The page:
On the same day we recognize Juneteenth, the oldest national holiday commemorating emancipation from slavery in the United States, Seldon Wiggins, a 94-year-old Army veteran of World War II, is inspired by the movement of young people across this country protesting social injustice.
“I’m glad to see the young kids both Black and White being able to speak out, and not hide behind," Higgins told NBC Sports Washington. "This seems to be real, I don’t think it’s a fake thing. And I think my generation can look at it with mixed emotions. We weren’t organized enough to do what’s being done now, we were isolated.”
To say Mr. Higgins has lived a full life would be an understatement. He was born before the Great Depression, served our country honorably, marched during the Civil Rights Movement and saw a Black man become President.
But in 1943, Mr. Higgins made history of his own. Playing varsity basketball for Booker T. Washington in Ashland, Ky., it is believed Higgins was part of the first interracial basketball game in the South between Black people and white people.
The journey to Olive Hill to play the all-white team started with a pair of flat tires, a trip that took 150 miles. Just 60 miles into the trip, the Booker T. team called ahead to say they wouldn’t be able to play the game due to tire issues. However, instead of delaying the game, members of Olive Hill staff drove to pick up Higgins and his teammates to make sure the game went off without a hitch.
Unfortunately, racism reared it’s ugly head once they arrived in town as Mr. Higgins recalls.
Said Higgins: “There was a sign in the city that read, ‘N****** after 6 o’clock, move away.’”
Higgins later explained that Black people didn’t live in the town, they only worked in that community.
According to the 2010 U.S. census, Olive Hill, a mountainous city in Kentucky, has a population of 1,599.
Once Higgins and his teammates arrived at the gym something unthinkable happen.
“As we walked in they started saying, ‘hey let us see your tail,’” Higgins said.
“They assumed we had black tails because they thought we were monkeys.”
Despite the awful treatment before the game, what happened afterward was truly remarkable.
“After the game, we were prepared to go back [to Ashland], and they said, ‘No, you going to stay here all night in the gym. We’re going to take care of you,'" Higgins said. "So the next morning, we got up, they got us breakfast, saw that we had gasoline in the car and pulled off.”
In case you were wondering, Booker T. Washington lost that game to Olive Hill on Dec. 3, 1943, 34-22.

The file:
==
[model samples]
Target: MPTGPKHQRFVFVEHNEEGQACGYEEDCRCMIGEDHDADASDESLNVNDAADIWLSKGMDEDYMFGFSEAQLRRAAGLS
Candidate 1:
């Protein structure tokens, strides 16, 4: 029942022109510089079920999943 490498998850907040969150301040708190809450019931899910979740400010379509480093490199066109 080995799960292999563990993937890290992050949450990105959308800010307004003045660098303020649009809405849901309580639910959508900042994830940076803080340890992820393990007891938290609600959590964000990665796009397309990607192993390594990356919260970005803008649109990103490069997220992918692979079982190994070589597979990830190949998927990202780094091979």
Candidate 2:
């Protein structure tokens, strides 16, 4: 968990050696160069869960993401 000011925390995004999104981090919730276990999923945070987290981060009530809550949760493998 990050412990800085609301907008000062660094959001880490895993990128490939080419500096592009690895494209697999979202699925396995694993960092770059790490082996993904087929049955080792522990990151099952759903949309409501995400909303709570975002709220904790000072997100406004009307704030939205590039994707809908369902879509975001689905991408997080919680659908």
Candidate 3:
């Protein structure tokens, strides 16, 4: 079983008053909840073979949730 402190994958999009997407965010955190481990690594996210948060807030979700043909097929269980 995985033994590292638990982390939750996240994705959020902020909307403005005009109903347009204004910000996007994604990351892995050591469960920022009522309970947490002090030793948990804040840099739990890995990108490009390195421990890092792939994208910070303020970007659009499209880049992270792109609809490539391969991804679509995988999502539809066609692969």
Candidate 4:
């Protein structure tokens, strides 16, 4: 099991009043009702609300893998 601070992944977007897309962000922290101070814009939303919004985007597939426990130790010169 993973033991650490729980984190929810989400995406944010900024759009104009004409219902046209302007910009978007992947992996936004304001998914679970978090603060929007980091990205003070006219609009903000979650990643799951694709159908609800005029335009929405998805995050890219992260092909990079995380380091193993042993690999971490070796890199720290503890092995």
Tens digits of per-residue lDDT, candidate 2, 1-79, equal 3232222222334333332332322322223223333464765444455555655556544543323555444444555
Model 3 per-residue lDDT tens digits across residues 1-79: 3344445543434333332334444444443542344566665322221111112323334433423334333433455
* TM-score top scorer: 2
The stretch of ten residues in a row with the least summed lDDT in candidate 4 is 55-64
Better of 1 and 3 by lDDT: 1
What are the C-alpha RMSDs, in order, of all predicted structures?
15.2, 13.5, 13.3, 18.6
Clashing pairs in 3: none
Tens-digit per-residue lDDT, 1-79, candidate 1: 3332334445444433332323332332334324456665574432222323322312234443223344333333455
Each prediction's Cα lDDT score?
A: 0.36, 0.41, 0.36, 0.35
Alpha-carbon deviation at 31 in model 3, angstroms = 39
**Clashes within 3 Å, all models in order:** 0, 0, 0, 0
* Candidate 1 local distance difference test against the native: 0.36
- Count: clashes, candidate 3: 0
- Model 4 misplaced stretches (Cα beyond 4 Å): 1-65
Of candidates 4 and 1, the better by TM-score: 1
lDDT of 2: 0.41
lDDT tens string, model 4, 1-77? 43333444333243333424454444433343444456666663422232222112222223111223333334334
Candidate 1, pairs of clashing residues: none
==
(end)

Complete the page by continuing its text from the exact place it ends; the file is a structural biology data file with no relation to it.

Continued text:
It was at that point Higgins says he realized that sports can help integrate society.
Higgins, an accomplished high school player, is the first Kentucky player -- white or Black -- to be selected All-State for three consecutive seasons.
Higgins, a retired Army veteran, offered an opinion on Colin Kaepernick, who protested by taking a knee during the national anthem against police brutality in 2016.
“I was shocked and the reason I was shocked is because he was doing the things we did going down to Alabama, Mississippi and Georgia," Higgins said. "He would of been right in that march, he would of been not a supporter but a leader. And when I saw that, I smiled. That took a lot of courage, a lot of courage and now people been listening and stuff is beginning to change.”
Despite being shocked and angry by the events of George Floyd’s death, Mr. Higgins believes that actually prompted Black people and white people to not only talk to one another but more importantly listen and respond to police brutality.
“I saw a mixture of White and Blacks joining together and it shows how much time has changed," Higgins said, "when you saw maybe a majority of whites, young Whites involved in this, and that is very encouraging.”
Higgins moved to Washington D.C. in 1951 to start working for the US Department of Housing and Urban Development. One of his first initiatives was to create an internship program for African Americans attending historically Black Colleges.
Oh, and by the way, when asked who in the NBA plays as he did back in the day, Higgins quickly said, “LeBron James.”
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